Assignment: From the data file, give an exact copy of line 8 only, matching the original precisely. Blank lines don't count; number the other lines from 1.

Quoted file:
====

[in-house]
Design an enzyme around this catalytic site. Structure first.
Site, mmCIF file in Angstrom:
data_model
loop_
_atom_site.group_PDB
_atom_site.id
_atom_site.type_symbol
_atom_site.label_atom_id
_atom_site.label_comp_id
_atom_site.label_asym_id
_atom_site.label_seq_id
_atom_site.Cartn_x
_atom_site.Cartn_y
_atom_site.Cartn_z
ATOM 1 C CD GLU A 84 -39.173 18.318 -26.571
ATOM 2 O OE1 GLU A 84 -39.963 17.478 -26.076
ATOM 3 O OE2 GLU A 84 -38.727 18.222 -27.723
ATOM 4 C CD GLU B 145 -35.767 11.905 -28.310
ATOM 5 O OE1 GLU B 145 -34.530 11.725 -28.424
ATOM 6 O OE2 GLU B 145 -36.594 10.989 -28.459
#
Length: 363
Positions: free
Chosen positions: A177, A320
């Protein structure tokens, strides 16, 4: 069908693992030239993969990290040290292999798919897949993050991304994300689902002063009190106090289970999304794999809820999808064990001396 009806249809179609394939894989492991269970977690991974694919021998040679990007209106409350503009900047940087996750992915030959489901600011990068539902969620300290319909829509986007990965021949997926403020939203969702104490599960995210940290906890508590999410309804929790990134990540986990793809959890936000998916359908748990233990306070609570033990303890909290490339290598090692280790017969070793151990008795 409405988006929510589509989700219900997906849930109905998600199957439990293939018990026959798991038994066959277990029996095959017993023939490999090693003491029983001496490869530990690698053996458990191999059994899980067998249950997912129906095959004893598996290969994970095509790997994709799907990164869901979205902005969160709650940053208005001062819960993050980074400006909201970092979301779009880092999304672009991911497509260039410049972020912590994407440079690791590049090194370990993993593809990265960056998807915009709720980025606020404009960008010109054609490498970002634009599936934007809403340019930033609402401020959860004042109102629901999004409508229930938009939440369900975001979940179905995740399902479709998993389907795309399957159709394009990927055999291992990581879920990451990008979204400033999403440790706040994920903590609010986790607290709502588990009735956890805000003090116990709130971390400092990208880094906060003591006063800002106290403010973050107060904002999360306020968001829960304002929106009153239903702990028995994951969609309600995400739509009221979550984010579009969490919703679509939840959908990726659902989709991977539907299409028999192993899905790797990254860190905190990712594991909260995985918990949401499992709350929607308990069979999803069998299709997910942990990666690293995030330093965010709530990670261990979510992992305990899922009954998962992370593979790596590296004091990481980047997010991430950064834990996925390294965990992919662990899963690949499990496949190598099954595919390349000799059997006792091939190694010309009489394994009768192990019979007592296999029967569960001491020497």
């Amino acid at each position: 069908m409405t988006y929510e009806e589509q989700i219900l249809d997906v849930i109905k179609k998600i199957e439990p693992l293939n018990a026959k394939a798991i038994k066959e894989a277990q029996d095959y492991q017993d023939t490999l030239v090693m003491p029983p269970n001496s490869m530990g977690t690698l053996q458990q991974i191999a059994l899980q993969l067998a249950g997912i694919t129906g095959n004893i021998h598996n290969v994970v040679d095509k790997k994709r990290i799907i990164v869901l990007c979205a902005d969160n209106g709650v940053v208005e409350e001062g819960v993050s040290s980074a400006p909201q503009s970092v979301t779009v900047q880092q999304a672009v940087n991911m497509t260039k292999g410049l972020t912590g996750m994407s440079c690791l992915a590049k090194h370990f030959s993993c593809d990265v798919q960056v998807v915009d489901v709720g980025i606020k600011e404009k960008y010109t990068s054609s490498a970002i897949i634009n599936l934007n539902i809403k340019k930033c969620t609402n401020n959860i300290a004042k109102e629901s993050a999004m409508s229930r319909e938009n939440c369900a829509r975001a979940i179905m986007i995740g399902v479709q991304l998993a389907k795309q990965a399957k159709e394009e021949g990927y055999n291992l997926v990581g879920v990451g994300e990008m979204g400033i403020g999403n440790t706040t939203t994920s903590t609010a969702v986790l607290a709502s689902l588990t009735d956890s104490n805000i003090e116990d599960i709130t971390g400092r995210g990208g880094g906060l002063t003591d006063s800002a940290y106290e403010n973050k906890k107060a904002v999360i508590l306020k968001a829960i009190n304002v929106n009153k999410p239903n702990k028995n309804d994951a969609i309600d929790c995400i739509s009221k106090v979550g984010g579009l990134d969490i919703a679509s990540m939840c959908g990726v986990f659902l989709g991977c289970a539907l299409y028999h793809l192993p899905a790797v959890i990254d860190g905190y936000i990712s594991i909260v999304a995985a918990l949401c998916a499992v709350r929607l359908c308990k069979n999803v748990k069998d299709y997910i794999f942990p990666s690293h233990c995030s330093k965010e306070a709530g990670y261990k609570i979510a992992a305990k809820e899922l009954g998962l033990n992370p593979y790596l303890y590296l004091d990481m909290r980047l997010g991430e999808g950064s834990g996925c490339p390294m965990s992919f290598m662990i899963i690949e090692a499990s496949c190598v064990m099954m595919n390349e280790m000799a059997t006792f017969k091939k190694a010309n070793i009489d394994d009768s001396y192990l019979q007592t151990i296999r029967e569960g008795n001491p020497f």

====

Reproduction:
_atom_site.type_symbol